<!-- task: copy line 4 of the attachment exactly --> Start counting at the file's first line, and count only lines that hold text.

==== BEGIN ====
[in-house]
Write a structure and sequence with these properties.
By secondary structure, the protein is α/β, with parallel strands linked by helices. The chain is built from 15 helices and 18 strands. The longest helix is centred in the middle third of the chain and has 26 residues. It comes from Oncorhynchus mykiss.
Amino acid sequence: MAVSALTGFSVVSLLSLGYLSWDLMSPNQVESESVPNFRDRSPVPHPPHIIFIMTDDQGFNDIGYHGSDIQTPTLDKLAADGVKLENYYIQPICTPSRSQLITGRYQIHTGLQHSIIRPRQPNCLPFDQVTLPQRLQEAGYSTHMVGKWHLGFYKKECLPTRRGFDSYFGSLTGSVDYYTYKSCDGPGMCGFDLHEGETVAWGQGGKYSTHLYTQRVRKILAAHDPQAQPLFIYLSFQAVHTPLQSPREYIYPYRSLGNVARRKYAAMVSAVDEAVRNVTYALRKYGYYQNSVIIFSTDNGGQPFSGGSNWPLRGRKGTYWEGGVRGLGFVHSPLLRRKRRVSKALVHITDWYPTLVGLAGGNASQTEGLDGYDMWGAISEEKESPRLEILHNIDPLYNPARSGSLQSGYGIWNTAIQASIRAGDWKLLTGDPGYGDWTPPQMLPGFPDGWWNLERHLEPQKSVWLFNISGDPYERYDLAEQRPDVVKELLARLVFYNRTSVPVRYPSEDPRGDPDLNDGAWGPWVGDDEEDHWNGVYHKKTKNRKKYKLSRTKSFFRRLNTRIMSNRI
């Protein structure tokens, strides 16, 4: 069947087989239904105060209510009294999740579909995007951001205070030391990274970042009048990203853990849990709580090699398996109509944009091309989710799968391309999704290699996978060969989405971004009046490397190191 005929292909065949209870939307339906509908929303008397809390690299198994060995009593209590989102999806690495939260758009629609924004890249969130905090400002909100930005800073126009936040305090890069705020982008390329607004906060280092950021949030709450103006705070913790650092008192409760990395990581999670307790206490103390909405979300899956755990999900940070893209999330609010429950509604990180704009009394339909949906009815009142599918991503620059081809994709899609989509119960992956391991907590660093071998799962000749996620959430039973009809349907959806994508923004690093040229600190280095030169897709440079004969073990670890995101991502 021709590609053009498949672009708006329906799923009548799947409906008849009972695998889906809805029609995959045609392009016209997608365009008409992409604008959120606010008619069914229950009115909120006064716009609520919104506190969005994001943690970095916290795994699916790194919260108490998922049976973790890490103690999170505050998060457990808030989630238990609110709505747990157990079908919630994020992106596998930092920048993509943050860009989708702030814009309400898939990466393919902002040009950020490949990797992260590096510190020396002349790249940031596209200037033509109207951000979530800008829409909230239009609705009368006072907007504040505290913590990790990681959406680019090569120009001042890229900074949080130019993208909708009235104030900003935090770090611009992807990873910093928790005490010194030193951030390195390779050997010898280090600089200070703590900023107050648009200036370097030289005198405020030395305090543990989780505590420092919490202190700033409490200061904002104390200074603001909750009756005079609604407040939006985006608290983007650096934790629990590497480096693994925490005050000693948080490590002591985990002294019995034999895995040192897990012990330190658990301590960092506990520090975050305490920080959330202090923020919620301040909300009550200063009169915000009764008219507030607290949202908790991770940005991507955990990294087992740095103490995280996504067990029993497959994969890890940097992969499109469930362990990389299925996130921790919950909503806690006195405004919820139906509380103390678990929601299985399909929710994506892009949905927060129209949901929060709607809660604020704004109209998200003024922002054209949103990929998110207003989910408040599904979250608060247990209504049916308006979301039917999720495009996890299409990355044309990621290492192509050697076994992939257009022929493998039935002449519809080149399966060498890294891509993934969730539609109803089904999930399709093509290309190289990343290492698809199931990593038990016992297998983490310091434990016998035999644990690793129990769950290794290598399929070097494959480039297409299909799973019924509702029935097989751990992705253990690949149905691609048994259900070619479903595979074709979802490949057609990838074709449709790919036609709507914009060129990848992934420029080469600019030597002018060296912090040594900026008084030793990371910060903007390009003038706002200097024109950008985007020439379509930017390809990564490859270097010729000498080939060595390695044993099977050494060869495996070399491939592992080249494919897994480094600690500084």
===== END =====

Amino acid sequence: MAVSALTGFSVVSLLSLGYLSWDLMSPNQVESESVPNFRDRSPVPHPPHIIFIMTDDQGFNDIGYHGSDIQTPTLDKLAADGVKLENYYIQPICTPSRSQLITGRYQIHTGLQHSIIRPRQPNCLPFDQVTLPQRLQEAGYSTHMVGKWHLGFYKKECLPTRRGFDSYFGSLTGSVDYYTYKSCDGPGMCGFDLHEGETVAWGQGGKYSTHLYTQRVRKILAAHDPQAQPLFIYLSFQAVHTPLQSPREYIYPYRSLGNVARRKYAAMVSAVDEAVRNVTYALRKYGYYQNSVIIFSTDNGGQPFSGGSNWPLRGRKGTYWEGGVRGLGFVHSPLLRRKRRVSKALVHITDWYPTLVGLAGGNASQTEGLDGYDMWGAISEEKESPRLEILHNIDPLYNPARSGSLQSGYGIWNTAIQASIRAGDWKLLTGDPGYGDWTPPQMLPGFPDGWWNLERHLEPQKSVWLFNISGDPYERYDLAEQRPDVVKELLARLVFYNRTSVPVRYPSEDPRGDPDLNDGAWGPWVGDDEEDHWNGVYHKKTKNRKKYKLSRTKSFFRRLNTRIMSNRI